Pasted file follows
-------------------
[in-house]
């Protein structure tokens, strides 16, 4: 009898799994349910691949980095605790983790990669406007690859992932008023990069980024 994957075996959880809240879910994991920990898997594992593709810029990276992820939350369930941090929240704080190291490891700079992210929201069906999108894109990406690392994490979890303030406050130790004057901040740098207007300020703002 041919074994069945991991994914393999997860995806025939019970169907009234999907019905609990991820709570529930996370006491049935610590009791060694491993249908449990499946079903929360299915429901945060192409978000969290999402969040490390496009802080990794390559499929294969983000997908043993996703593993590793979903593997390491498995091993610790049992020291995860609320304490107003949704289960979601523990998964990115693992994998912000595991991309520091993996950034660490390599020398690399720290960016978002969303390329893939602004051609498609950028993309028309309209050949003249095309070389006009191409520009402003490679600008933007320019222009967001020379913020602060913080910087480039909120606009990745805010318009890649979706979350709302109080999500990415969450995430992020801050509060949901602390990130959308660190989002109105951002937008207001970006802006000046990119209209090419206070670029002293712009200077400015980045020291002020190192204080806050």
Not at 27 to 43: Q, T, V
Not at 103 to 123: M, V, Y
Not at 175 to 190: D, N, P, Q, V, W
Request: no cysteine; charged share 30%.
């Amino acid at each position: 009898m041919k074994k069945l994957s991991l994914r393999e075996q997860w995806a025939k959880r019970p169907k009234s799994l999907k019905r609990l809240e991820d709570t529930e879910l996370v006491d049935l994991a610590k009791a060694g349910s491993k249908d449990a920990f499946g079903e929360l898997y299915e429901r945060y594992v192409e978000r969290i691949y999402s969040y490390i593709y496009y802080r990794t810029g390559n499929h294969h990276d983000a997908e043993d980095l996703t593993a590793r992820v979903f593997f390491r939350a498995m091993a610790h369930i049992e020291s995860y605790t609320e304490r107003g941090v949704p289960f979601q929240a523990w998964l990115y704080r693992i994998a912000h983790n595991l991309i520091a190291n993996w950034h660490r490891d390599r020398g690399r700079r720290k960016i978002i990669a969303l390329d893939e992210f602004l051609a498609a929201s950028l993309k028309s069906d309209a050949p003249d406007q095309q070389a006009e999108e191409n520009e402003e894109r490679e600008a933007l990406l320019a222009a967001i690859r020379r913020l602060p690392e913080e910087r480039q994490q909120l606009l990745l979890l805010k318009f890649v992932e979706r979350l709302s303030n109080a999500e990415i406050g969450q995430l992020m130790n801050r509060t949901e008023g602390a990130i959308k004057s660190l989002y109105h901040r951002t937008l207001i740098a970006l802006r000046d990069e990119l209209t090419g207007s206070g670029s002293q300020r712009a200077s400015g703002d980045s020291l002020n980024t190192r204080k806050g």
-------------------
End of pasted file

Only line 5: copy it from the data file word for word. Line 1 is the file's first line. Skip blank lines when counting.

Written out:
Not at 175 to 190: D, N, P, Q, V, W